New recycling method could make polyurethane materials sustainable
Researchers at Northwestern University and the University of Minnesota have improved the recycling process of polyurethane by developing a twin-screw extrusion process that improves mixing and air removal.
Research teams at Northwestern University in Evanston, Ill. and the University of Minnesota (U of M) have found a way to recycle polyurethanes – which are notoriously difficult to recycle – that could prevent the material from becoming post-consumer waste.
The problem being solved is that conventional polyurethanes can’t be simply recycled by heating because the material consists of polymer networks held together by strong chemical bonds that don’t flow when heated. Instead, polyurethanes can only be downcycled into less useful materials using either mechanical methods or chemical recycling. Other past methods have made innovative types of polyurethanes with cross-links that can be broken and reformed, allowing it to be recycled, but this approach requires the industry to commercialize new starting materials, and it doesn’t address the issue of conventional waste lingering in landfills. These methods also haven’t been tested on foams, a very common form for polyurethane products.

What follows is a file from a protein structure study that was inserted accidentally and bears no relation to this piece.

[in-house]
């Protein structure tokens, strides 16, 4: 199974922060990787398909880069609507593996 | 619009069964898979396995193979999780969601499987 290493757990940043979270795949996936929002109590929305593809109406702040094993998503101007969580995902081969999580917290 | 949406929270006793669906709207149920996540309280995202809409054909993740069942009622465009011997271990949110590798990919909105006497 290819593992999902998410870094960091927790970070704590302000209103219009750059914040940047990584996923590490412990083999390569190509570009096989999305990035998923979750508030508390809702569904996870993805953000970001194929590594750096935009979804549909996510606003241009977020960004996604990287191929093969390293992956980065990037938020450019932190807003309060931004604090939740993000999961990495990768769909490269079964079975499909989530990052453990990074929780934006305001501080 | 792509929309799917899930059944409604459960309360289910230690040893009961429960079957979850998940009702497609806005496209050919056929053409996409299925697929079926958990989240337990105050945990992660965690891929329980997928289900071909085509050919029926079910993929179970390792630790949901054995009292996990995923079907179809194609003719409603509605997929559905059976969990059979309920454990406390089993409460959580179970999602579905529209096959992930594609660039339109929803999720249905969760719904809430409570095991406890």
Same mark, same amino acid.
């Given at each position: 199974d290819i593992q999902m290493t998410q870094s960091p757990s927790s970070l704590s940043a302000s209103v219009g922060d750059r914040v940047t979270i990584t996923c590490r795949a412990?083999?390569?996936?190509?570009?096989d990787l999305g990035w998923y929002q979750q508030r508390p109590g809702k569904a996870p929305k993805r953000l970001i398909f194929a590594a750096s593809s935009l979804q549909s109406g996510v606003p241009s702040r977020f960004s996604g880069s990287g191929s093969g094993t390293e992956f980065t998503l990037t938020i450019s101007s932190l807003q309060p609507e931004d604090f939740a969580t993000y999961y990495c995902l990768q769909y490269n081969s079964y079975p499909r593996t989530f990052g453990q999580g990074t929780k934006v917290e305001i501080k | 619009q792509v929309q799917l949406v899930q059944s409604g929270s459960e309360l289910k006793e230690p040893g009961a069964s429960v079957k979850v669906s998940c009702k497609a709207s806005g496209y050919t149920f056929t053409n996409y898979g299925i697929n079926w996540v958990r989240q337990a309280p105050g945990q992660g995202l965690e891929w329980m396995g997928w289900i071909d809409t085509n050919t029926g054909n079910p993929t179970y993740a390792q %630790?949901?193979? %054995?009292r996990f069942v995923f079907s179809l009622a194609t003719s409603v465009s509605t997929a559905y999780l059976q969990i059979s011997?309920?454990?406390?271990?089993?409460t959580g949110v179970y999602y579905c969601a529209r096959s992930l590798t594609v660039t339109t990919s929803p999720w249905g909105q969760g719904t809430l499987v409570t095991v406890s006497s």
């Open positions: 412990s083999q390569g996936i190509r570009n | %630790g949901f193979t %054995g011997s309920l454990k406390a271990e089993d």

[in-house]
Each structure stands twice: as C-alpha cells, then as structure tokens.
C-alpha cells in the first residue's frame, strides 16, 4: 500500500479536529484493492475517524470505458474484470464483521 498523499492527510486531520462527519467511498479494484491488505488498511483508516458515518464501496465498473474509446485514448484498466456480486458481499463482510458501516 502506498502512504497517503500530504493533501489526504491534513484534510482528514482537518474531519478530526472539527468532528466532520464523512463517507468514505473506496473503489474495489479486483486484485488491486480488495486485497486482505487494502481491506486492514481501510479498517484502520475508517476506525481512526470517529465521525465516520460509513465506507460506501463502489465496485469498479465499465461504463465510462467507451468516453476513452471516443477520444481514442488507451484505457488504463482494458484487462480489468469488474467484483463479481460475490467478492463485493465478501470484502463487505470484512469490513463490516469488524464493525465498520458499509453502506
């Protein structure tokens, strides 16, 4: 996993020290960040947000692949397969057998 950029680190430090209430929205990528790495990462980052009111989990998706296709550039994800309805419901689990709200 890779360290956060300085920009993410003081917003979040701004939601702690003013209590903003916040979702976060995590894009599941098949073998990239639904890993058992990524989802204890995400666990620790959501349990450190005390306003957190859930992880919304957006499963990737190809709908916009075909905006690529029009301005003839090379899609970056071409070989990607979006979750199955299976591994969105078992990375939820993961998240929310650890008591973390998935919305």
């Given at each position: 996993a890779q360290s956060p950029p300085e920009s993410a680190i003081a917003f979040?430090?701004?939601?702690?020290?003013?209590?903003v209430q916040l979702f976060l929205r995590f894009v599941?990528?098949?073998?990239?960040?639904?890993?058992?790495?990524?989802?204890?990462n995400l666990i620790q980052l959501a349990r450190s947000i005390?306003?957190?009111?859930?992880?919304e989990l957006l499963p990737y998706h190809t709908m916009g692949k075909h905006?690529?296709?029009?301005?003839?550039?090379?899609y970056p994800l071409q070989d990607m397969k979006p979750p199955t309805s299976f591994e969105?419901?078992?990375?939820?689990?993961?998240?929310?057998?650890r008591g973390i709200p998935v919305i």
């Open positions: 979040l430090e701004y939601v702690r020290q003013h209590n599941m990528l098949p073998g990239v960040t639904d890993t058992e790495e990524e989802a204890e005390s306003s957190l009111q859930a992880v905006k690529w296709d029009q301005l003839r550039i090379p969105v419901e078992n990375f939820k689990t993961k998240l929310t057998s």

Now, however, the research teams have found a way to recycle used polyurethanes into equivalent or even higher quality material using an innovative method.
The researchers ground up polyurethane foam or film and then mixed the particles in a catalyst solution. After drying, the particles were compression molded to form new films. Compression molded films formed good-quality products, but compression molded foam produced cracked and in homogeneous materials. The researchers solved this problem by developing a twin-screw extrusion process that improved mixing and air removal in recycled foams, compared to the compression molding approach. Researchers say this new method could be used for continuous recycling of the large amounts of polyurethanes waste currently in landfills and newly produced.
The extrusion process removes air simultaneously as the catalyst enables the polyurethane to flow like a liquid. The reactive process is like those already used in the plastics industry for other purposes meaning the technology could have impact quickly.
The teams’ findings are reported in the journal ACS Central Science, published by the American Chemical Society. The research was primarily funded by the National Science Foundation through the Center for Sustainable Polymers.
“We are quite excited about this new research from the Center for Sustainable Polymers because of the tremendous potential for recycling of polyurethane materials that are typically considered as waste,” said Marc Hillmyer, a chemistry professor and director of the Center for Sustainable Polymers based at U of M. “It also demonstrates how the powerful combination of polymer chemistry and polymer processing can be applied to help solve environmental problems.”